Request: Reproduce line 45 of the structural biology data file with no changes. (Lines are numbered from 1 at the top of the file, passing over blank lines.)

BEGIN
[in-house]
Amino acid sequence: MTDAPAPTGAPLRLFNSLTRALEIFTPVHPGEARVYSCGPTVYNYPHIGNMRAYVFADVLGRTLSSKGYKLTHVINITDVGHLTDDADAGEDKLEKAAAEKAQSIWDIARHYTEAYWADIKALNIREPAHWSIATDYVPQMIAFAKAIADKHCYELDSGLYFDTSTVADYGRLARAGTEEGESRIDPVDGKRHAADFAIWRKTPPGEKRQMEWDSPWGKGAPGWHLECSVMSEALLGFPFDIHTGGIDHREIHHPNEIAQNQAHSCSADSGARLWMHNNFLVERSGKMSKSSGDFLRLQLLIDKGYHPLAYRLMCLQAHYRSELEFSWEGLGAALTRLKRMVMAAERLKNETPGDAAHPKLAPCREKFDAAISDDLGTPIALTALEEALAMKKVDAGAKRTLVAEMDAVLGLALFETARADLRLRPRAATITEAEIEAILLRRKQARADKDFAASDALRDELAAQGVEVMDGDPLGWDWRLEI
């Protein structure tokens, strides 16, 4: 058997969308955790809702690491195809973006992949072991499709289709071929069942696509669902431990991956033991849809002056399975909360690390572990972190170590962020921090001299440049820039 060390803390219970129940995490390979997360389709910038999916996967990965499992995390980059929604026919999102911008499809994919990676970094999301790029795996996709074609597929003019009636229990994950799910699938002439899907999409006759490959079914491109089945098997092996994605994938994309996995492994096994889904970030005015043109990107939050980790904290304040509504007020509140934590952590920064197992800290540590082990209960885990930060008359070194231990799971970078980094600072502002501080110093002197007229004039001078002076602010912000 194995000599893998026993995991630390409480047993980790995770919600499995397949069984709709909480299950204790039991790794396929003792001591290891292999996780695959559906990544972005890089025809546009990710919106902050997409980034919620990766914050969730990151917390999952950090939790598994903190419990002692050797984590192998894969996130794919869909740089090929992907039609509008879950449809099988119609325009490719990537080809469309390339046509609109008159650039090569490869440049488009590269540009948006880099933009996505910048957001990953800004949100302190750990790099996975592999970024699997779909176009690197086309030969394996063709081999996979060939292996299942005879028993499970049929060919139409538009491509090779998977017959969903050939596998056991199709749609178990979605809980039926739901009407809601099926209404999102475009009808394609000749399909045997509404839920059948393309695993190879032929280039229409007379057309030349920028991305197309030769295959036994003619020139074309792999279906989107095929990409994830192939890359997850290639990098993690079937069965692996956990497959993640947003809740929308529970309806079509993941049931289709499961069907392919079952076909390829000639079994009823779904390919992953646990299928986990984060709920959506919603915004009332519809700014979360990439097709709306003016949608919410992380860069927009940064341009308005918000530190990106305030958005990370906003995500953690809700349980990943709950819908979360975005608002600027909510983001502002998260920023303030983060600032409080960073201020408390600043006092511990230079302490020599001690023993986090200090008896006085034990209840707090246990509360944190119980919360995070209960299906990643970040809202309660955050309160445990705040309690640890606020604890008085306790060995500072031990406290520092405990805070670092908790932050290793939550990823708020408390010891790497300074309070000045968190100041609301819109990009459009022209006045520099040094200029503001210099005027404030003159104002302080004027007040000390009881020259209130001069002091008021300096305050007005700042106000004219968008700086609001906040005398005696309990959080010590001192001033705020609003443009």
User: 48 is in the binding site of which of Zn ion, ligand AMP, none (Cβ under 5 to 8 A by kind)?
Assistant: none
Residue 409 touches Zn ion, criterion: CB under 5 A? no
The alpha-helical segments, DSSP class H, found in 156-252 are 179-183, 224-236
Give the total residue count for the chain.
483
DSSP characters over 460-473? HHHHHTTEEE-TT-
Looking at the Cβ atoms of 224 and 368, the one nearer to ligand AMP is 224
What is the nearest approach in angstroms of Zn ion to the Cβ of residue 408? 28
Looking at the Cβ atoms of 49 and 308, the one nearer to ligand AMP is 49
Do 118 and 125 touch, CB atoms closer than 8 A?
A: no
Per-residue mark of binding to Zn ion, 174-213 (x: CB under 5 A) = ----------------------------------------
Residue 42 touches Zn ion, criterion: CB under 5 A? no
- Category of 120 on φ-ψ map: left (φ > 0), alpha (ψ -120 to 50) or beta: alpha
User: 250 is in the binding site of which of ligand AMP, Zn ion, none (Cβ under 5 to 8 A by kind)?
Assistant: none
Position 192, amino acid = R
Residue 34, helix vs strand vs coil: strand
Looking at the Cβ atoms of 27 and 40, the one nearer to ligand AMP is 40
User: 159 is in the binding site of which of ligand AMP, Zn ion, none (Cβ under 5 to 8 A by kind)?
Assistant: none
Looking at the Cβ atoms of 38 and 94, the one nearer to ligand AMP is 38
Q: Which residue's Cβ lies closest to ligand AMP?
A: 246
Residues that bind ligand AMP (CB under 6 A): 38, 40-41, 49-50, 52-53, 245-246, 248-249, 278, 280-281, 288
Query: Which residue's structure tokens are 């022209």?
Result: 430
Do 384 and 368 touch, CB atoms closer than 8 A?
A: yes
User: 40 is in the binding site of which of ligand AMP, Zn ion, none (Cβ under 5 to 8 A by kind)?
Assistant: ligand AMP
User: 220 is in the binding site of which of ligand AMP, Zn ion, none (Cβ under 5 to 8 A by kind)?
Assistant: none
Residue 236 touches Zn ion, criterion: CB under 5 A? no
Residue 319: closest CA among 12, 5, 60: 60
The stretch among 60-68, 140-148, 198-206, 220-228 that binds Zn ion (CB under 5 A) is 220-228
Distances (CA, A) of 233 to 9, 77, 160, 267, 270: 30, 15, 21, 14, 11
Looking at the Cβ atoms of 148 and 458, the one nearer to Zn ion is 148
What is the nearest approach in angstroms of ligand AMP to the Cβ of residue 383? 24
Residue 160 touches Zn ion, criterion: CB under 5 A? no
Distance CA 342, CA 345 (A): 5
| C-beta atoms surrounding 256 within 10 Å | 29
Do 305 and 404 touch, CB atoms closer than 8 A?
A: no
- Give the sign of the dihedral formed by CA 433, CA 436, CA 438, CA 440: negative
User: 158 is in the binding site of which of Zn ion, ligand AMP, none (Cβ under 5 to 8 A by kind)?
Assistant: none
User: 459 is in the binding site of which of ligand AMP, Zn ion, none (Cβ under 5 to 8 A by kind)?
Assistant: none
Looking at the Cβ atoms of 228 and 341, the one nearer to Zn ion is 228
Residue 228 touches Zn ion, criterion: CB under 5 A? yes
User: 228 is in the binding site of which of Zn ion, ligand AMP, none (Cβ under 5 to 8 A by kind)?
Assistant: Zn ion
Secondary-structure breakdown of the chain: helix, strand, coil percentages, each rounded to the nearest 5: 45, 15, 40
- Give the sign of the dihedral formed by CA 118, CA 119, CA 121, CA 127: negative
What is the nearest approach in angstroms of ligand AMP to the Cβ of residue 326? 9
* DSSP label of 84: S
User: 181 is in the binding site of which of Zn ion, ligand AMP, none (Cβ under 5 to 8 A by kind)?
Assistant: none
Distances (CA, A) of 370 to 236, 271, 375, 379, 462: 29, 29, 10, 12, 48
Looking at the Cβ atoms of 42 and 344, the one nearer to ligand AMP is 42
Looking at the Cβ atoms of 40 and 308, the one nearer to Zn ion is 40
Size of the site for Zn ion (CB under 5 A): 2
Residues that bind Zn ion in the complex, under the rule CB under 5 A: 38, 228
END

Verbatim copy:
Distance CA 342, CA 345 (A): 5